The U.S. Food and Drug Administration issued an emergency use authorization for the investigational antiviral drug remdesivir for the treatment of suspected or laboratory-confirmed COVID-19 in adults and children hospitalized with severe disease. While there is limited information known about the safety and effectiveness of using remdesivir to treat people in the hospital with COVID-19, the investigational drug was shown in a clinical trial to shorten the time to recovery in some patients.
Today, the U.S. Food and Drug Administration issued an emergency use authorization (EUA) for investigational convalescent plasma for the treatment of COVID-19 in hospitalized patients as part of the agency's ongoing efforts to fight COVID-19. Based on scientific evidence available, the FDA concluded, as outlined in its decision memorandum, this product may be effective in treating COVID-19 and that the known and potential benefits of the product outweigh the known and potential risks of the product.
Based on an evaluation of the EUA criteria and the totality of the available scientific evidence, the FDA's Center for Biologics Evaluation and Research determined that the statutory criteria for issuing an EUA criteria were met.
The EUA requires that fact sheets providing important information about using COVID-19 convalescent plasma in treating COVID-19 be made available to health care providers and patients, including dosing instructions and potential side effects. Possible side effects of COVID-19 convalescent plasma include allergic reactions, transfusion-associated circulatory overload, and transfusion associated lung injury, as well as the potential for transfusion-transmitted infections.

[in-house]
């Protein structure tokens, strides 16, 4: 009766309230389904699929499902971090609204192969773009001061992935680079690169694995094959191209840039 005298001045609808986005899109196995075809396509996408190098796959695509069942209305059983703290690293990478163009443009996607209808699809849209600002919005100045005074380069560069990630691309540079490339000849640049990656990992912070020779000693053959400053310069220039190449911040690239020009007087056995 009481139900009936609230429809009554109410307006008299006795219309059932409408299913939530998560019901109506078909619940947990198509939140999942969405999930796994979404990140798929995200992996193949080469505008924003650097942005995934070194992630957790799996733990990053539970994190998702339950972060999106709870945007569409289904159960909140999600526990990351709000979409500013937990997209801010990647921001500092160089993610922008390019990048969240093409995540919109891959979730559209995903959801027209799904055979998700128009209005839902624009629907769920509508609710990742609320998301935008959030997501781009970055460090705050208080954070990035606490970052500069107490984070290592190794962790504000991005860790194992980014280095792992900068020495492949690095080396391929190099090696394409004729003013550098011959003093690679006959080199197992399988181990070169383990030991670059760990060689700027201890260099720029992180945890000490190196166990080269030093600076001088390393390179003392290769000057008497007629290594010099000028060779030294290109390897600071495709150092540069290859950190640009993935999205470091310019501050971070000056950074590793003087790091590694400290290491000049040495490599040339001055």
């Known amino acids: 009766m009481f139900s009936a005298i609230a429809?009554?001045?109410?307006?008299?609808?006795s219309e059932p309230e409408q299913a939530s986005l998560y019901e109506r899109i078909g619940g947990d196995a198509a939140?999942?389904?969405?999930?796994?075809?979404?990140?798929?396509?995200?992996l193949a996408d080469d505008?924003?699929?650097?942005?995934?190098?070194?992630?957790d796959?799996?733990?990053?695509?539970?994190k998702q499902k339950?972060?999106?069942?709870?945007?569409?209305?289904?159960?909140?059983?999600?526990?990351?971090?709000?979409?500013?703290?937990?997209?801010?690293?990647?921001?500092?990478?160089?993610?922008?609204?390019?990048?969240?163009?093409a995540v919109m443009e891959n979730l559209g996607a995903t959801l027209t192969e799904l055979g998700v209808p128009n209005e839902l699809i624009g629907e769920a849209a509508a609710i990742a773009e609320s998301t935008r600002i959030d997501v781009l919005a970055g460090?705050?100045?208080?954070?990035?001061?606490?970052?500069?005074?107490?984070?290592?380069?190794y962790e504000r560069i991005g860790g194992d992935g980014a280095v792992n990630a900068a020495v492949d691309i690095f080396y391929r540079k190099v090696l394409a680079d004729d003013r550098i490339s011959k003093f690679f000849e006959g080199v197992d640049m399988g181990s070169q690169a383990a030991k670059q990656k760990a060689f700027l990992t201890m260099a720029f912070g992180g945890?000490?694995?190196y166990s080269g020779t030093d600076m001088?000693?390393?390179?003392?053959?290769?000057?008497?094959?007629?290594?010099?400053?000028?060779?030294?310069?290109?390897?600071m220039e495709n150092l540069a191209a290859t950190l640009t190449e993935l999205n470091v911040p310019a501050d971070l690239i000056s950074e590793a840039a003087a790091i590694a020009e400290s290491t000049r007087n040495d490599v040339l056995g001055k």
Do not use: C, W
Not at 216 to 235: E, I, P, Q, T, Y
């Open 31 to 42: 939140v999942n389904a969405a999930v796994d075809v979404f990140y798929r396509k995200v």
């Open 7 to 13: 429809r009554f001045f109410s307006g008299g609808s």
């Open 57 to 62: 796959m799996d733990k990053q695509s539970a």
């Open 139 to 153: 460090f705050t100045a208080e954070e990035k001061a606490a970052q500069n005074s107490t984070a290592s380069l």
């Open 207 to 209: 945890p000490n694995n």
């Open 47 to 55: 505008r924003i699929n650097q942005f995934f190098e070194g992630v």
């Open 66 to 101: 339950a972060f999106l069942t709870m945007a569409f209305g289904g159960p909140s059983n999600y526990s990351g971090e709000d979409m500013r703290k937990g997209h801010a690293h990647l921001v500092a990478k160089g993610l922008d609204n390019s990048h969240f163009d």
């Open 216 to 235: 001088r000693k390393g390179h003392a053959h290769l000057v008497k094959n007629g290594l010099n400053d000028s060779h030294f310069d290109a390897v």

The FDA initially facilitated access to convalescent plasma for treating COVID-19 by using pathways that included traditional clinical trials and emergency single-patient investigational new drug (IND) applications.
Today, the U.S. Food and Drug Administration issued an emergency use authorization (EUA) for the third vaccine for the prevention of coronavirus disease 2019 (COVID-19) caused by severe acute respiratory syndrome coronavirus 2 (SARS-CoV-2). The EUA allows the Janssen COVID-19 Vaccine to be distributed in the U.S for use in individuals 18 years of age and older.
The Janssen COVID-19 Vaccine is administered as a single dose. The available safety data to support the EUA include an analysis of 43,783 participants enrolled in an ongoing randomized, placebo-controlled study being conducted in South Africa, certain countries in South America, Mexico, and the U.S. The participants, 21,895 of whom received the vaccine and 21,888 of whom received saline placebo, were followed for a median of eight weeks after vaccination. The most commonly reported side effects were pain at the injection site, headache, fatigue, muscle aches and nausea. Most of these side effects were mild to moderate in severity and lasted 1-2 days.
The effectiveness data to support the EUA include an analysis of 39,321 participants in the ongoing randomized, placebo-controlled study being conducted in South Africa, certain countries in South America, Mexico, and the U.S. who did not have evidence of SARS-CoV-2 infection prior to receiving the vaccine. Among these participants, 19,630 received the vaccine and 19,691 received saline placebo. Overall, the vaccine was approximately 67% effective in preventing moderate to severe/critical COVID-19 occurring at least 14 days after vaccination and 66% effective in preventing moderate to severe/critical COVID-19 occurring at least 28 days after vaccination.